Kate knelt beside her youngest son and hugged him. With the impending move to Wysteria Cottage, which was scheduled to take place early in the New Year, she had put the appointment with her GP practice back. She would follow it up at the first opportunity because she had an inkling that something wasn’t right.
“Come on! Let’s go and see the elves and the reindeer!” Robbie shouted, grabbing Chase’s hand.
“Not so fast, young man,” Kate admonished. She sometimes felt that Robbie’s exuberance was too much for Chase to handle.
“We can all go and see the elves and reindeer when we’re finished here. And then, if we’re very good, we get to see Father Christmas!”
Chase’s eyes lit up as his mother addressed the words to him and he seemed happy to tag along with his big brother.
By the time Kate and the boys arrived back in the carriage, Miss Moorcroft had managed to have a quick snooze after drinking her hot chocolate.
“We saw Father Christmas!” Robbie and Chase announced as they bounded over to her.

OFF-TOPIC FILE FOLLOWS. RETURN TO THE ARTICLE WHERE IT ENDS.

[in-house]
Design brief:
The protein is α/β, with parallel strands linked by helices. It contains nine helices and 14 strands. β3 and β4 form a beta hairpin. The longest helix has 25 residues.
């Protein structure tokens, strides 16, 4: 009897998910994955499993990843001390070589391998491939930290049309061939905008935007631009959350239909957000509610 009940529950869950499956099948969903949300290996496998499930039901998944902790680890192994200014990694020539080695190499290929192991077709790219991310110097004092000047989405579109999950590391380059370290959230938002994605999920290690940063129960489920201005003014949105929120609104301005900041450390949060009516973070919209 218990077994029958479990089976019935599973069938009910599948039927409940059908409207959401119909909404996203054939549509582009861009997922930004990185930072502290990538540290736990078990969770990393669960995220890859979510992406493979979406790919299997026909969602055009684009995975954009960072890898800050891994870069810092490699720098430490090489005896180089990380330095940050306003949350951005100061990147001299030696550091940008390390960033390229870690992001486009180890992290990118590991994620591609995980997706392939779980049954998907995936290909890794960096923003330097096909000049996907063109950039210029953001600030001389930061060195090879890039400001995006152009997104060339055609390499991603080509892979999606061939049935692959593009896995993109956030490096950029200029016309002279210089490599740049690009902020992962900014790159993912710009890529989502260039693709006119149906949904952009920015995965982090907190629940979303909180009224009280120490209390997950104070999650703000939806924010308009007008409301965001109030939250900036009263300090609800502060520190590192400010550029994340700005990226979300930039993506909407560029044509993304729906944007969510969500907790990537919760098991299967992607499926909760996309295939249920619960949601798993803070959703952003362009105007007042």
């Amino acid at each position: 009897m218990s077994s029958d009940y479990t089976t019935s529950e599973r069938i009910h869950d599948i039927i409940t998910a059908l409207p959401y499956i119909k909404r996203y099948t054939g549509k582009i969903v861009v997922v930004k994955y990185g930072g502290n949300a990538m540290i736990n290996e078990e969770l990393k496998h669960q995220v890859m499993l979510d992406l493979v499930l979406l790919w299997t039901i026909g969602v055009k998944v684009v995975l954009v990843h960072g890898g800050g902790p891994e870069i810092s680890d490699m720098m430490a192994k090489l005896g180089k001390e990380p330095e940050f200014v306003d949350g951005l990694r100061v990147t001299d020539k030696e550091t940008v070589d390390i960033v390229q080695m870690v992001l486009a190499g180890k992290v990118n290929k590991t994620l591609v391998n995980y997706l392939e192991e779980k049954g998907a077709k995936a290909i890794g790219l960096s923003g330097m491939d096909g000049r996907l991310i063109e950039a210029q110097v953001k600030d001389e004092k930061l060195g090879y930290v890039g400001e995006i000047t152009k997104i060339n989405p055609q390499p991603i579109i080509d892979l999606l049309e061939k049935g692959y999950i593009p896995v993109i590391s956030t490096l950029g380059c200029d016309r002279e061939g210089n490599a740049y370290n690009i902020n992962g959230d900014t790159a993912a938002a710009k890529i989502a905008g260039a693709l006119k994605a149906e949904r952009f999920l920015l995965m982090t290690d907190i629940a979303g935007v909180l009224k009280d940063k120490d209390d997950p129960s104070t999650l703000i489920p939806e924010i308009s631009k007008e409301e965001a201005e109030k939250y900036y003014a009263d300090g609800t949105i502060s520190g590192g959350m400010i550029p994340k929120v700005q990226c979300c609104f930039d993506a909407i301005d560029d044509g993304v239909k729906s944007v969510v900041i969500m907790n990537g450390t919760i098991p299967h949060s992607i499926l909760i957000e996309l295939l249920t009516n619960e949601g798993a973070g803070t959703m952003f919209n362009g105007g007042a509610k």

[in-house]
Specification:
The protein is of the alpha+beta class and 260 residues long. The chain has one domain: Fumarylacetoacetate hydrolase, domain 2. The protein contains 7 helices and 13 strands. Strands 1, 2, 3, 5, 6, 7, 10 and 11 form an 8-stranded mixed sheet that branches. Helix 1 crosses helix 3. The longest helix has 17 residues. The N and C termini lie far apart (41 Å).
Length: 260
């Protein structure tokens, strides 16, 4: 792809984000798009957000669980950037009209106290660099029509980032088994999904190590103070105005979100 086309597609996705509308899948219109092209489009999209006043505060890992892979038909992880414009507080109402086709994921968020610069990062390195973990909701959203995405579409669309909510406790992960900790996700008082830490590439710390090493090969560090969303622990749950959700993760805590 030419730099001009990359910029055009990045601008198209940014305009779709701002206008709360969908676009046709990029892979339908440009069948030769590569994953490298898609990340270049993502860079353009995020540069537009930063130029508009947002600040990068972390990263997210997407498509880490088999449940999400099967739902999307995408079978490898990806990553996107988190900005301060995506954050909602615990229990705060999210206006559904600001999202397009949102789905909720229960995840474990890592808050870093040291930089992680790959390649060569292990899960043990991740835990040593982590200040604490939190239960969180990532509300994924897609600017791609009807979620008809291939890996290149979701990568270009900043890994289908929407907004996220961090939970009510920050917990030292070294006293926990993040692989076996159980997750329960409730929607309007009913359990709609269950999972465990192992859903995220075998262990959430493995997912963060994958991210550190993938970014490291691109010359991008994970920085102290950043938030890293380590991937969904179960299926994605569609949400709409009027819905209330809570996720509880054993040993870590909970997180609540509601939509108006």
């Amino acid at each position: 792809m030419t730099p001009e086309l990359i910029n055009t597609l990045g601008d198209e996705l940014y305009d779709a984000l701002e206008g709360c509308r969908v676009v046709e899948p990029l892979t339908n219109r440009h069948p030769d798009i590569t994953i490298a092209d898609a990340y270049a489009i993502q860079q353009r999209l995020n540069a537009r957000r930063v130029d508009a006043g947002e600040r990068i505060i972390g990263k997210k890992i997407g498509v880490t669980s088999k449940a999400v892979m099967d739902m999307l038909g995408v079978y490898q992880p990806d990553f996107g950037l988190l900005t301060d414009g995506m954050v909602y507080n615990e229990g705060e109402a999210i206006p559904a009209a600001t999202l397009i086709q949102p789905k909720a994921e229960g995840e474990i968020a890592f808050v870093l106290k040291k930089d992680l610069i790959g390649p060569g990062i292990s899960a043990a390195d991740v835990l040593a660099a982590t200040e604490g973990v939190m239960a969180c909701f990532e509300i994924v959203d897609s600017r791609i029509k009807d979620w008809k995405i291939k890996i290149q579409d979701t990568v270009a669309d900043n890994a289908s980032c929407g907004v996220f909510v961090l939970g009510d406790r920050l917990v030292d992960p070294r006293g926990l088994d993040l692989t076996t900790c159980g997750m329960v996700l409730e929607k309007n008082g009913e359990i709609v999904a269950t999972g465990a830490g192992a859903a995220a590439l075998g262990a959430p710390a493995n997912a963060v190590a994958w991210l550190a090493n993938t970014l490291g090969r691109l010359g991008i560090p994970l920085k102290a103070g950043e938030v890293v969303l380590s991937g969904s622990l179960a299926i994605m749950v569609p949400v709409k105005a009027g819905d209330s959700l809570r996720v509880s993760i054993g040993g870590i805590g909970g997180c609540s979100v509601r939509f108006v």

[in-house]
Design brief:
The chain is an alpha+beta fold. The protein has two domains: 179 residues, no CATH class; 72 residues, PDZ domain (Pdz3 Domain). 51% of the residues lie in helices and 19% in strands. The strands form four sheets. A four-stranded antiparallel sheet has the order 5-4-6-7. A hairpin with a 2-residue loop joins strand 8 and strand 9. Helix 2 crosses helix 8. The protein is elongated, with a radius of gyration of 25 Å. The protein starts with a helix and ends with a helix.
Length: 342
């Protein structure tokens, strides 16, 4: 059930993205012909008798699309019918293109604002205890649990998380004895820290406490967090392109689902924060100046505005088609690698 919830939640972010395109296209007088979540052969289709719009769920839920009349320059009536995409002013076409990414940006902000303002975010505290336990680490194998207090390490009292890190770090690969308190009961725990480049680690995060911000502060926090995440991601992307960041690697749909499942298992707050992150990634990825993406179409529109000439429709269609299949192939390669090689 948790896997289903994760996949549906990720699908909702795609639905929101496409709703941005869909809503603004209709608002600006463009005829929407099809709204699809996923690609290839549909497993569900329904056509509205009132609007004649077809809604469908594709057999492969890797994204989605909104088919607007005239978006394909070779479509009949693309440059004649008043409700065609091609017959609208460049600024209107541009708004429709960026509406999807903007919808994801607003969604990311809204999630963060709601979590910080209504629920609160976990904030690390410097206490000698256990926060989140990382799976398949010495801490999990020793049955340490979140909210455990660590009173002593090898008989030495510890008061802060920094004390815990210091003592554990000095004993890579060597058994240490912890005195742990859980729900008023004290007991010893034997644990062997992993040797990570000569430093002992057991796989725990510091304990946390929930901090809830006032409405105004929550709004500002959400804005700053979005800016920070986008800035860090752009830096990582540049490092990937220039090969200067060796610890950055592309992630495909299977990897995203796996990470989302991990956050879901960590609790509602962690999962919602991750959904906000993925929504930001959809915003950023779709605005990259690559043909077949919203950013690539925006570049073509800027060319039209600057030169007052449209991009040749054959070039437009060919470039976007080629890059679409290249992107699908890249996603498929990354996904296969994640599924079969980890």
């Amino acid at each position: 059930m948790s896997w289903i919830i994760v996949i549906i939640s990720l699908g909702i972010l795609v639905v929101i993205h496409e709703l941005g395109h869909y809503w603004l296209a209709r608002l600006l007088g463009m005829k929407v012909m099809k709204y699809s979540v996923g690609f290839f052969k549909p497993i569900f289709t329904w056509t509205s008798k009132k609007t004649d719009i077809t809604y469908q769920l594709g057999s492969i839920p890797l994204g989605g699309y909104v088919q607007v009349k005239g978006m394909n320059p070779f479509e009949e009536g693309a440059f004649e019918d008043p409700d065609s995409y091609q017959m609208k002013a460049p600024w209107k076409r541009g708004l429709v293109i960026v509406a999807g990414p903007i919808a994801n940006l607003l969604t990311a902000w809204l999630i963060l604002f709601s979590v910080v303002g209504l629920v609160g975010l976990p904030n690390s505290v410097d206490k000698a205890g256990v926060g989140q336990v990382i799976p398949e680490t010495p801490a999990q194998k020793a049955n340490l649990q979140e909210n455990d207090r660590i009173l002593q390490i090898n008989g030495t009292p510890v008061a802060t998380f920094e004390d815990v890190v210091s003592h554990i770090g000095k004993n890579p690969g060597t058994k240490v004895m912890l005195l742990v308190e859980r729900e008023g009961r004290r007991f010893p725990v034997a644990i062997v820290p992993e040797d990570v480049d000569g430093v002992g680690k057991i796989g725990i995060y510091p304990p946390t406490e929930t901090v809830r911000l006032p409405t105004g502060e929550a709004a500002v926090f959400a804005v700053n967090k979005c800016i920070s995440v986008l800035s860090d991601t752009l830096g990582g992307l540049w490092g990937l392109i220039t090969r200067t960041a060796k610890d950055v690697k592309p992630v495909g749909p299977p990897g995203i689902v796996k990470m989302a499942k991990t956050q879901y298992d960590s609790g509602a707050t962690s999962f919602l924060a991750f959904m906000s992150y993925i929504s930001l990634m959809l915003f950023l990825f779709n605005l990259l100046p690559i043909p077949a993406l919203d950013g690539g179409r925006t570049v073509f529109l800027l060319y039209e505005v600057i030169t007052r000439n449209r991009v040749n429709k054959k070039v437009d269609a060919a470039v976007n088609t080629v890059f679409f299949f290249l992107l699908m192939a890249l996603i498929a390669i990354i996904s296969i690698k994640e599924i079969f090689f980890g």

“Oh, my goodness! Did you get a present?”
“Yes, but Mummy says we have to keep them to open on Christmas Day.”
“Ah, well in that case, look what I found in my bag.”
The boys leaned in to see Miss Moorcroft lift out two small parcels neatly wrapped in red and green paper with reindeer leaping all over it. Their eyes lit up and Helena looked at Kate to see if it was alright for them to open them there and then. She nodded, smiled and shook her head.
“You shouldn’t have…”
“Oh, it’s just a small thank you…”
The boys were delighted with their Lego Super Robot toys, both identical, so there would be no arguments.
“Now, I suppose we had better make our way to the buffet carriage for some mince pies,” Miss Moorcroft announced cheerily.
“Yeah!” the boys shouted, jumping up and down, even though neither of them liked mince pies.
“And,” Kate added, looking across at Miss Moorcroft who was still sitting by the window with a tartan blanket across her knees, “We mustn’t forget to join in with the carol singing afterward.”